How Much Inventory do I Have to Sell?

How Much Inventory do I Have to Sell?

If you visit most any auto recycler you will find that they all have a few things in common. They all have vehicles waiting to be dismantled, vehicles that have already been dismantled and parts that have been removed and placed in some type of warehouse or storage facility. The collection of these three is what makes up our inventory.

There are many moving components within the inventory that are factors in our ability to sell the inventory. History shows that we normally find a way to sell the inventory that we have when we tend to the basics of accurate inventory with realistic pricing. What we don’t really know is how long it will take to sell all of the parts off of a vehicle. Having some method to determine what a vehicle is going to produce in sales is the starting point in being able to start determining the true sales amount of inventory we currently have.

Most recyclers are producing half of their sales off of vehicles that have been in inventory for 90 or less. Some of this makes complete sense. We bought the vehicle because parts were in demand and they immediately started to sell. Other parts on that same vehicle need to go into the warehouse or field to wait for their opportunity. The last parts are held till time or crush with a small glimmer of hope that someone will have a need for them.

Everyone has a method or some type of software that they use to determine the value of a vehicle. The truth is in one way shape or form a value of the parts and core commodity / scrap is calculated and overhead + profit subtracted to determine the amount we will pay for the vehicle. Consistently tracking that number on every vehicle purchased will allow you to start to forecast your monthly in stock sales. Using this projected sales number takes any bargains or bad buys out of the equation as it is strictly looking at the sales dollars expected by the buyer.

If we get this number from the buyer consistently we can compare it to what the inventory person and yard management system have to say about the same vehicle. There should be a direct correlation between the buyer’s projected sales number and what the inventory person comes up with. In truth, the inventory person should have a higher projected number than the buyer since they inventoried some parts that the buyer put little or no value on that will sell for good money. If the inventory person has a smaller anticipated sales number than the buyer a reason needs to be found. This disconnect will happen as parts are bad or broken so that is not the problem. The problem comes in when we disagree over price or likelihood of sale. Keeping the buyer on track is important and the inventory person has the opportunity to do that.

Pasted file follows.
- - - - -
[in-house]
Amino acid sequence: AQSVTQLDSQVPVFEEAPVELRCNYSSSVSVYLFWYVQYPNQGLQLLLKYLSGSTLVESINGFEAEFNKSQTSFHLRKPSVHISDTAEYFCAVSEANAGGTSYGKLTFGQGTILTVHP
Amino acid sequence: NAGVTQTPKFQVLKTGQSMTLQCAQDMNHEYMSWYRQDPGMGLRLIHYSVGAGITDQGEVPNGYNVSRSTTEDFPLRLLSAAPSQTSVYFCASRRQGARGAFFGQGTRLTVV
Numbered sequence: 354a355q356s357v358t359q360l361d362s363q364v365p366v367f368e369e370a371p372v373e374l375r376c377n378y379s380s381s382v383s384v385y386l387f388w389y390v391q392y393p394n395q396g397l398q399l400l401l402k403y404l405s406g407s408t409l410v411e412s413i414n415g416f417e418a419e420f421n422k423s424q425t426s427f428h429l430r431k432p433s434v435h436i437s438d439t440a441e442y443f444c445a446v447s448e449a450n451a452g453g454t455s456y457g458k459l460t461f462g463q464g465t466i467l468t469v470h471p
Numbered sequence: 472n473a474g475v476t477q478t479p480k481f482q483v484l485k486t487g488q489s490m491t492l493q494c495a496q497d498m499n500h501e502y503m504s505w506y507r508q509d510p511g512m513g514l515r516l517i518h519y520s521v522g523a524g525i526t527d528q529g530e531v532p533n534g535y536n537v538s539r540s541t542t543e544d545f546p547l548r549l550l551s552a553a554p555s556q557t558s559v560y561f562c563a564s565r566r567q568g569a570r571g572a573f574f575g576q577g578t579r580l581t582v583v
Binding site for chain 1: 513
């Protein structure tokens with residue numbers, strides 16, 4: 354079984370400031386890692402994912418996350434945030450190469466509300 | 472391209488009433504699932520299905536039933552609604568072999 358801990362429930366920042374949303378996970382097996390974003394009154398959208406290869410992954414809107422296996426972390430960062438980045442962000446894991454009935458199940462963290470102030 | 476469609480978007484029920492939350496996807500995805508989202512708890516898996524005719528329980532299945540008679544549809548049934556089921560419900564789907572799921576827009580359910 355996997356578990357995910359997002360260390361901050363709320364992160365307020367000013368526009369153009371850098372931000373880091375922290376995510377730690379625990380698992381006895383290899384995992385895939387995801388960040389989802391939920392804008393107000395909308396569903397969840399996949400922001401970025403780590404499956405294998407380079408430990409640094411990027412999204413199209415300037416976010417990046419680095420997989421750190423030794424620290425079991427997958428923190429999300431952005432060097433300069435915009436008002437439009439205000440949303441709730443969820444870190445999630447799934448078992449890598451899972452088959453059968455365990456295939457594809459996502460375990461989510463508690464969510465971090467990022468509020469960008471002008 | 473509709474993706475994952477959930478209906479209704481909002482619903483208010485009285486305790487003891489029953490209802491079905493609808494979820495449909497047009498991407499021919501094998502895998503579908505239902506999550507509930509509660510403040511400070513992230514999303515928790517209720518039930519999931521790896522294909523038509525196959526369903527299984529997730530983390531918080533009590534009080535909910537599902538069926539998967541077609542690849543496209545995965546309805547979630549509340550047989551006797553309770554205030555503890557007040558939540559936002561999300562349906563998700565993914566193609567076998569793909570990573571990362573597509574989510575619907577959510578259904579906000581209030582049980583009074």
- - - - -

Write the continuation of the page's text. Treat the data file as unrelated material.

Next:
We also have the opportunity to measure the projected sales after the vehicle has been dismantled. This final measurement point gives us the true picture and makes sure that the buyer & inventory departments are in agreement with everything that is going on.

Once we have all of these things in place we can start to work on the sales department to be able to hit a target sales number that has some science behind the amount of inventory that we have available to sell. We all want to sell as much as possible. The first item that we want to sell is in stock parts. We need to have a realistic idea of what we have to sell. Tracking projected sales will let you do that.

If half of your in stock sales are coming off of your 0 – 90 day inventory you can run your total projected sales for the last 90 days and divide it by 3 and you will have a very close number to what the in stock sales goal for the following month should be. You can then divide that amongst your sales team for their individual goals. You can then multiply your brokered, warranty & freight percentages and come up with individual and a company sales goal for the month.

Those are a few basics in how to set a solid foundation to make sure that you are supplying enough inventory to accomplish the goals of the company. If you question how important the inventory is, walk around your site and see how much of it you have to have to produce your sales number. Focusing on what you will get in sales from what you buy will drive you to better buying and also better sales with the chance to have accountability among a number of different departments.


Mike Kunkel         Lee Worman

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